How oil companies avoid getting into hot water – it’s a pity BP didn’t apply OSH rules to its Mexican Gulf activities

You would think BP was keen to burnish its public image, especially now that its oil is about to devastate the beaches, wetlands and what-have-you around the Gulf of Mexico.

But nah. The buggers have developed a thing about water and won’t check it for their customers.

As the Herald reports today, staff at a BP station up north refused to check the water level of a woman’s car in case they were burned.

Poor little diddums.

It’s got something to do with risk aversion, which has a profoundly hollow ring to it, when you see what’s going on in the Mexican Gulf.

BP is not alone, fair to say. Other oil companies similarly are giving up on the provision of “service”.

They are blaming OSH health and safety requirements and banning staff from performing rudimentary tasks, such as checking customers cars’ water levels.

Howick man Calvyn Jonker contacted the Herald after being “appalled” by the attitude of staff at one BP station, who refused to check the water level of a woman’s car in case they were burned.

Mr Jonker was in the queue at the BP Connect station in Ridgeway St, when he heard the appeal for help.

“He [the employee] just replied, ‘We don’t do water’.

“She repeated her request in disbelief, only to be given the same answer.”

This Jonker feller helped the woman, then remonstrated with the staff member, who informed him of the no-help policy.

“So, what we have is a garage that only sells fuel, and does not offer any other mechanical help – however minor,” Mr Jonker said.

Yep. That pretty well sums it up.

The Herald checked with the manager of the offending service station who confirmed staff were banned from performing such tasks under OSH regulations.

Motorists are expected to check their own vehicles.

This was confirmed by BP.

BP spokeswoman Diana Stretch yesterday confirmed checking water levels was a no-go zone for service station staff – along with checking tyre pressures and oil levels.

“OSH regulations state that we are required to do an assessment of hazards and take steps to mitigate those hazards.

“In those assessments BP has identified that checking of water in radiators, changing tyres and filling tyres with air are all potential hazards to our staff.”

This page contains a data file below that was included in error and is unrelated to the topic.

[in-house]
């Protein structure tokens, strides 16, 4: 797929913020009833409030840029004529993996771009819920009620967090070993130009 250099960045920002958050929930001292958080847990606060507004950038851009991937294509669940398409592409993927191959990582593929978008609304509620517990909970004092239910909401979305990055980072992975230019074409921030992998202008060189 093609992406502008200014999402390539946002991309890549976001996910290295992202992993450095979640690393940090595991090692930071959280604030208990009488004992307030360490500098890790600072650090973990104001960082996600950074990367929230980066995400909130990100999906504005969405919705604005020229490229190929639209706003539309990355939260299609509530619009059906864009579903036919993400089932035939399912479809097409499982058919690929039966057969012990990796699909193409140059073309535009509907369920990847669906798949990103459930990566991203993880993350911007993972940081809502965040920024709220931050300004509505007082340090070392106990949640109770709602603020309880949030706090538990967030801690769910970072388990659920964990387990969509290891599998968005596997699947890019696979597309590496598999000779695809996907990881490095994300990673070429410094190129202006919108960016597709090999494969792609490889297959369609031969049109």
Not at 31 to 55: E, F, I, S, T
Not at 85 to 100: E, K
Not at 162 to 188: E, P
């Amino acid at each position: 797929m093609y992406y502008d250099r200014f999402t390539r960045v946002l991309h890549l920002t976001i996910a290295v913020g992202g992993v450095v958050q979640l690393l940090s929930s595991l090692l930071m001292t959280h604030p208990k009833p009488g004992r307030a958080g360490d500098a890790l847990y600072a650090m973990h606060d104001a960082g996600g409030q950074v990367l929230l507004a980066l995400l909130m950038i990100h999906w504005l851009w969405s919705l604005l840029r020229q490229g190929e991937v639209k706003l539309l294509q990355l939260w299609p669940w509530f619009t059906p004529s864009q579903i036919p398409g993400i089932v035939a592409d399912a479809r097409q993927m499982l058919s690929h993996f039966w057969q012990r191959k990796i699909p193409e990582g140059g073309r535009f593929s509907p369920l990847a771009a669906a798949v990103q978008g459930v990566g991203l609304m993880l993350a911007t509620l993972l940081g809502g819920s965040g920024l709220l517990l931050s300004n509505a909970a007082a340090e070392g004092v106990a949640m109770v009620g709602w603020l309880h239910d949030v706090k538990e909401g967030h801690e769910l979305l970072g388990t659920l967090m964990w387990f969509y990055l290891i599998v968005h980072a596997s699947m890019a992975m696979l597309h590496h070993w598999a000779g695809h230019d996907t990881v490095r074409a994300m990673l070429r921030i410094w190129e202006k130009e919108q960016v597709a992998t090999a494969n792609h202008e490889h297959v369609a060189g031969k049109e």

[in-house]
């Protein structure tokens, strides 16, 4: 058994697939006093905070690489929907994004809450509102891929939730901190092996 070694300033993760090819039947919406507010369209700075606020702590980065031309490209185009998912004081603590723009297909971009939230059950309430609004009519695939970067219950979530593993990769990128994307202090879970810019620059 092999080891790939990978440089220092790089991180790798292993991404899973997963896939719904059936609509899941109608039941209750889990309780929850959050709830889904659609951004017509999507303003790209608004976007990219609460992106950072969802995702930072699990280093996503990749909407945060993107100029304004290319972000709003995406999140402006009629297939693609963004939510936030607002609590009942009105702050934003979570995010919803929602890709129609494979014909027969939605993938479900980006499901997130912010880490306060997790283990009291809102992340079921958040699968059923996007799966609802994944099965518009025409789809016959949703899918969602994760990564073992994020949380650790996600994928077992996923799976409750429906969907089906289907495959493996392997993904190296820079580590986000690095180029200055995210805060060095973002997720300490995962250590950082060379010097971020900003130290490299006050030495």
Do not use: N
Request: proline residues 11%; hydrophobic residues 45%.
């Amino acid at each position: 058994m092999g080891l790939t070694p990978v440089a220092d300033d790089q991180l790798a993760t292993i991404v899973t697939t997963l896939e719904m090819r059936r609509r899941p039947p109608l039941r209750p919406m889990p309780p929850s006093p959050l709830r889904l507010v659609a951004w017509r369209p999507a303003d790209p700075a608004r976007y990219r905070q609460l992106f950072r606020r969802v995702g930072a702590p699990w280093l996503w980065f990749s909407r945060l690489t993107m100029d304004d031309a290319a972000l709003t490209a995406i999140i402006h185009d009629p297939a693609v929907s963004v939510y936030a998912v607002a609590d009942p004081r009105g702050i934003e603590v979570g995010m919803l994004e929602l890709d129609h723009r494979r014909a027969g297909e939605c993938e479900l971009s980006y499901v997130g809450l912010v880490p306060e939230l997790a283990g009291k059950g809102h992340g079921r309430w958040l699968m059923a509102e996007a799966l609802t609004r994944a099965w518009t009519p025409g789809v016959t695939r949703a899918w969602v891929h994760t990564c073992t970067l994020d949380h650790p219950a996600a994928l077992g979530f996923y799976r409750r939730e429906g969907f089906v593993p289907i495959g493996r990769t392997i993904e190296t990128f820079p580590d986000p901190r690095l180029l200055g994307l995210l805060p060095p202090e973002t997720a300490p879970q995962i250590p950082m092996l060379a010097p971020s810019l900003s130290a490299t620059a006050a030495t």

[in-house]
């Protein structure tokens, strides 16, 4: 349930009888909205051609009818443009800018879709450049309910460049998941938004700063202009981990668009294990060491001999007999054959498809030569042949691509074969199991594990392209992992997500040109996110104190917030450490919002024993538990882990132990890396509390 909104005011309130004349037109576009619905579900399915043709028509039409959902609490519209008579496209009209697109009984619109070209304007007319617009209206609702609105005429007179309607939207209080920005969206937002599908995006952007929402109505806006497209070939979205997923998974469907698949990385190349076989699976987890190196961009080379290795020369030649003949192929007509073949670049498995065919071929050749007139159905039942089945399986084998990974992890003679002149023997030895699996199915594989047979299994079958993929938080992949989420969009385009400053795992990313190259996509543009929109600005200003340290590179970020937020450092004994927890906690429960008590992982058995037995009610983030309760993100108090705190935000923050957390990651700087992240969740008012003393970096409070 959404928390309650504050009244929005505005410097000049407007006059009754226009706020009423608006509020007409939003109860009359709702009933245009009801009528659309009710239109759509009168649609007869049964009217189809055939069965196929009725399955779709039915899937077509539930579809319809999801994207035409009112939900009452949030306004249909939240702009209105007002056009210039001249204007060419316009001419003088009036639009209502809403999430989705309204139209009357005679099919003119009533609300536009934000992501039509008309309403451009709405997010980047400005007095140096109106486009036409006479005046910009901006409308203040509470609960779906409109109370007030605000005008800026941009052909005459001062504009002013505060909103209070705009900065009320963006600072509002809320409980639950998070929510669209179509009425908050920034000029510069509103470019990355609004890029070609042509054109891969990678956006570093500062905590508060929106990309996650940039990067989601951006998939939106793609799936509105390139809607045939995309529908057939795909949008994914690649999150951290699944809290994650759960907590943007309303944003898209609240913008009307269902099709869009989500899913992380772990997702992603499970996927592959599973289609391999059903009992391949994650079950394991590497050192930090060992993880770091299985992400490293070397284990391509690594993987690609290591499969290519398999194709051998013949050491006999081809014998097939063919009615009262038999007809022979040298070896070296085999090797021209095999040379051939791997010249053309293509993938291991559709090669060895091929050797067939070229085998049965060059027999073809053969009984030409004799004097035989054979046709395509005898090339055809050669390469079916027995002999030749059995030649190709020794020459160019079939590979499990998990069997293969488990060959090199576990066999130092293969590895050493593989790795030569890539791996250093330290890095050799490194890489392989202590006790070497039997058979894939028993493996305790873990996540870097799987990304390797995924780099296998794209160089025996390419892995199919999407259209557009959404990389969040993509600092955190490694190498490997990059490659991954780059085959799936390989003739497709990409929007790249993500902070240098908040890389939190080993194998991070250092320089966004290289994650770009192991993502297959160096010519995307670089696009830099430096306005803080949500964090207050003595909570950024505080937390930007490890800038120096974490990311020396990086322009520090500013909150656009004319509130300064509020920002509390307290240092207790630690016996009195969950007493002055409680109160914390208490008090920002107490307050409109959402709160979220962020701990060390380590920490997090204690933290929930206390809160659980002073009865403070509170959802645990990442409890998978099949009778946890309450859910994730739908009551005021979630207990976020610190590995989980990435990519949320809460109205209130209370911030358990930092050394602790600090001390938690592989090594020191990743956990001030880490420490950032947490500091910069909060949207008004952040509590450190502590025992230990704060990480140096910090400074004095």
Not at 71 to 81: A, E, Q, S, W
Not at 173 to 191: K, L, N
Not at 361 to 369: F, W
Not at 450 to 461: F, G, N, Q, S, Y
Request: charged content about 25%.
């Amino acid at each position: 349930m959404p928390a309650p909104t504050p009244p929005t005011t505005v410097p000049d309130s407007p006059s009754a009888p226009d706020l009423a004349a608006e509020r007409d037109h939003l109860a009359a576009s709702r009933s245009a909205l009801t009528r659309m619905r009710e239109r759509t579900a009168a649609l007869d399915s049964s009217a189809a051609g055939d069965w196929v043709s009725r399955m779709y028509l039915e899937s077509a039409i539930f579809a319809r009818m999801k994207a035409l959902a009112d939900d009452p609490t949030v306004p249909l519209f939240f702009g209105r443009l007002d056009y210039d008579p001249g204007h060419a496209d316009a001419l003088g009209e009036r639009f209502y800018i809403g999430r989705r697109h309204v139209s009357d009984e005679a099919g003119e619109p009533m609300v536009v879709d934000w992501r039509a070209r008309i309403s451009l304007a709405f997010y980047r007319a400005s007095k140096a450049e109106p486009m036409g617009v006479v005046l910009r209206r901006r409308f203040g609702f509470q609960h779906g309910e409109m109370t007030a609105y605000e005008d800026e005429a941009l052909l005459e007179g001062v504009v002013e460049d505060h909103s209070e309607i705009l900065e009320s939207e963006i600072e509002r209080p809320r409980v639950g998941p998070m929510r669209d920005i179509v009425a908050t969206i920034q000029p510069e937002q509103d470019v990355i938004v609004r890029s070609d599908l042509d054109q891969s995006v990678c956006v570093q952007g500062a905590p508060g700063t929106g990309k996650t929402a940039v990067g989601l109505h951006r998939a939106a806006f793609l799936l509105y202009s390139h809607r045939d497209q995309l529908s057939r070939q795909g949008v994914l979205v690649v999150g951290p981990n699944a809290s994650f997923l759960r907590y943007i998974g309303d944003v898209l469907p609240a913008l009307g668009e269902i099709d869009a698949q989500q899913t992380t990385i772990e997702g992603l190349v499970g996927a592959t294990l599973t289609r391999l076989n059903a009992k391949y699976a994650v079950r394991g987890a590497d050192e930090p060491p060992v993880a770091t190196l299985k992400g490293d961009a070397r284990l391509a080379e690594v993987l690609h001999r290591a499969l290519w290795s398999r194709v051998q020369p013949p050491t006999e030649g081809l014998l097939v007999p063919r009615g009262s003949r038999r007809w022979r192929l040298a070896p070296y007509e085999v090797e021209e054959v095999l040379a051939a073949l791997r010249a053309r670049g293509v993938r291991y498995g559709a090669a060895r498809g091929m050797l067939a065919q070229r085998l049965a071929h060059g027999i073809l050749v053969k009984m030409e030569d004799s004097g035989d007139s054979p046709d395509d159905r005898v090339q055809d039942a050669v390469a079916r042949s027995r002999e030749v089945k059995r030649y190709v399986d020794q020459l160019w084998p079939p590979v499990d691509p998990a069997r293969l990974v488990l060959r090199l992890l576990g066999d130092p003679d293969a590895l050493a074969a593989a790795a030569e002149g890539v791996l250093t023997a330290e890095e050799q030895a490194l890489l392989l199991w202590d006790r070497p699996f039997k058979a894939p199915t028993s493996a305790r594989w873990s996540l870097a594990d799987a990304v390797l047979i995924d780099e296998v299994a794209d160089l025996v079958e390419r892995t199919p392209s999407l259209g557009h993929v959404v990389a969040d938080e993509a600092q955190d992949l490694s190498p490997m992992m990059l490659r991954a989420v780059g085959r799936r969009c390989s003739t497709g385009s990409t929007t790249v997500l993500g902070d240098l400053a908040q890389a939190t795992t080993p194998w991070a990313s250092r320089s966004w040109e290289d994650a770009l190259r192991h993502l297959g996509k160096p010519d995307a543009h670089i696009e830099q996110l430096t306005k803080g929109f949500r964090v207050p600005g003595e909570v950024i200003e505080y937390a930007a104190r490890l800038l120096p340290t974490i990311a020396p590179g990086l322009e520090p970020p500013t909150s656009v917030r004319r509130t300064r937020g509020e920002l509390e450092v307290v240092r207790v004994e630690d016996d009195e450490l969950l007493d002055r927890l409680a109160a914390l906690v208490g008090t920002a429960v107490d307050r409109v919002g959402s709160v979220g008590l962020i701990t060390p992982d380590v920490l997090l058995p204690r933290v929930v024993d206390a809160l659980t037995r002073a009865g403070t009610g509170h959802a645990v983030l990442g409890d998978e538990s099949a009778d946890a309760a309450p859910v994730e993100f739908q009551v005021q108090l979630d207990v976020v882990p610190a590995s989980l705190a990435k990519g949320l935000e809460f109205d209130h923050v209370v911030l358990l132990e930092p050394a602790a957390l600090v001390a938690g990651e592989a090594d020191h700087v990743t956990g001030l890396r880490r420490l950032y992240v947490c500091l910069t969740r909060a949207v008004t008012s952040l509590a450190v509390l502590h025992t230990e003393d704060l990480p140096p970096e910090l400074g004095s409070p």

In the event of a customer turning up with a flat tyre or “mechanical issue”, staff would be happy to “assist the customer to contact their breakdown company, a tow truck or make other arrangements”, she said.

You get a bit more service – but not much – from Greenstone Energy.

Greenstone Energy (formerly Shell) spokesman Jonathan Hill said service station employees were free to help with a tyre, or check oil levels, but were urged to “err on the side of caution” when it came to radiator caps.

“Taking a cap off a hot engine can be particularly dangerous, something that should be undertaken by a mechanic.” Employees could attempt to remove a water cap if they were sure it was safe, otherwise, they were to consider “safety before anything else”.

So whatever happened to staff training?

AA spokesman Mike Noon makes some sense of what is going on by pointing out that, in the past, most service stations had a garage attached, with a mechanic who was able to help with minor mechanical problems.

Nowadays, customers wanted service stations to be able to provide groceries, remain open 24-hours and keep fuel prices low. All that came at a price, usually in the form of reduced service, Mr Noon said.

But this does not explain the nonsense of the oil companies invoking OSH rules to explain their bans on service.

What next? Little old ladies being told to climb up lamp-posts during heavy storms to restore their own electricity supplies?

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